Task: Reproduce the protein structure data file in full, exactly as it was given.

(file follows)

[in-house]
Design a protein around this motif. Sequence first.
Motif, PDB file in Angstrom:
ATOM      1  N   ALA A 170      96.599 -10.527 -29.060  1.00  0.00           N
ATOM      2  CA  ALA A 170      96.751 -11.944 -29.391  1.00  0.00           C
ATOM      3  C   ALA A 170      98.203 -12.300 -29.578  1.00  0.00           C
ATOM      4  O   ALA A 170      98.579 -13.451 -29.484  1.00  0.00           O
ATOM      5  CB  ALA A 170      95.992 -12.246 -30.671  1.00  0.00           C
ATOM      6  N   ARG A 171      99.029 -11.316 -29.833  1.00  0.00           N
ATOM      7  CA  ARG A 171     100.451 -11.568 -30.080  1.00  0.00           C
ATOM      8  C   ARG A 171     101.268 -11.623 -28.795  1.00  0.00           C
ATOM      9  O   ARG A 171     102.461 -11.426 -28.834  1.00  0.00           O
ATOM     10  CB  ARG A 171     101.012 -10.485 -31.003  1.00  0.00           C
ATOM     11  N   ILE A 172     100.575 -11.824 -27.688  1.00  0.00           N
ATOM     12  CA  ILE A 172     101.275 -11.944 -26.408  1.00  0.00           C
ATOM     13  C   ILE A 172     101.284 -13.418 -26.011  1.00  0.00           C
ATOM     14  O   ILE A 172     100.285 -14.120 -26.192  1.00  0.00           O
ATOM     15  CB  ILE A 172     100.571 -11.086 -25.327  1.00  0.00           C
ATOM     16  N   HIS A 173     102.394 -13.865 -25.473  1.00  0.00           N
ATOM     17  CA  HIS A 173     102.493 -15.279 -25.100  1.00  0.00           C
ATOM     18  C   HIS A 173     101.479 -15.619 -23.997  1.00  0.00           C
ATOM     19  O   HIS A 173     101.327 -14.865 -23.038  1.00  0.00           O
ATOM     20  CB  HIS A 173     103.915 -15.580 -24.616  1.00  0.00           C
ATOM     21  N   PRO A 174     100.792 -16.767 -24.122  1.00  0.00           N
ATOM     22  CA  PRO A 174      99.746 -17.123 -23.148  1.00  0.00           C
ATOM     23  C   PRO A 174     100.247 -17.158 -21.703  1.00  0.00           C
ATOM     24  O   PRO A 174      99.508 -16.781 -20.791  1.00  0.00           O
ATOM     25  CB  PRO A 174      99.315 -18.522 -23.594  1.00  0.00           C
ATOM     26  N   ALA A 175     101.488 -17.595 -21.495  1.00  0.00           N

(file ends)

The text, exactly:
[in-house]
Design a protein around this motif. Sequence first.
Motif, PDB file in Angstrom:
ATOM      1  N   ALA A 170      96.599 -10.527 -29.060  1.00  0.00           N
ATOM      2  CA  ALA A 170      96.751 -11.944 -29.391  1.00  0.00           C
ATOM      3  C   ALA A 170      98.203 -12.300 -29.578  1.00  0.00           C
ATOM      4  O   ALA A 170      98.579 -13.451 -29.484  1.00  0.00           O
ATOM      5  CB  ALA A 170      95.992 -12.246 -30.671  1.00  0.00           C
ATOM      6  N   ARG A 171      99.029 -11.316 -29.833  1.00  0.00           N
ATOM      7  CA  ARG A 171     100.451 -11.568 -30.080  1.00  0.00           C
ATOM      8  C   ARG A 171     101.268 -11.623 -28.795  1.00  0.00           C
ATOM      9  O   ARG A 171     102.461 -11.426 -28.834  1.00  0.00           O
ATOM     10  CB  ARG A 171     101.012 -10.485 -31.003  1.00  0.00           C
ATOM     11  N   ILE A 172     100.575 -11.824 -27.688  1.00  0.00           N
ATOM     12  CA  ILE A 172     101.275 -11.944 -26.408  1.00  0.00           C
ATOM     13  C   ILE A 172     101.284 -13.418 -26.011  1.00  0.00           C
ATOM     14  O   ILE A 172     100.285 -14.120 -26.192  1.00  0.00           O
ATOM     15  CB  ILE A 172     100.571 -11.086 -25.327  1.00  0.00           C
ATOM     16  N   HIS A 173     102.394 -13.865 -25.473  1.00  0.00           N
ATOM     17  CA  HIS A 173     102.493 -15.279 -25.100  1.00  0.00           C
ATOM     18  C   HIS A 173     101.479 -15.619 -23.997  1.00  0.00           C
ATOM     19  O   HIS A 173     101.327 -14.865 -23.038  1.00  0.00           O
ATOM     20  CB  HIS A 173     103.915 -15.580 -24.616  1.00  0.00           C
ATOM     21  N   PRO A 174     100.792 -16.767 -24.122  1.00  0.00           N
ATOM     22  CA  PRO A 174      99.746 -17.123 -23.148  1.00  0.00           C
ATOM     23  C   PRO A 174     100.247 -17.158 -21.703  1.00  0.00           C
ATOM     24  O   PRO A 174      99.508 -16.781 -20.791  1.00  0.00           O
ATOM     25  CB  PRO A 174      99.315 -18.522 -23.594  1.00  0.00           C
ATOM     26  N   ALA A 175     101.488 -17.595 -21.495  1.00  0.00           N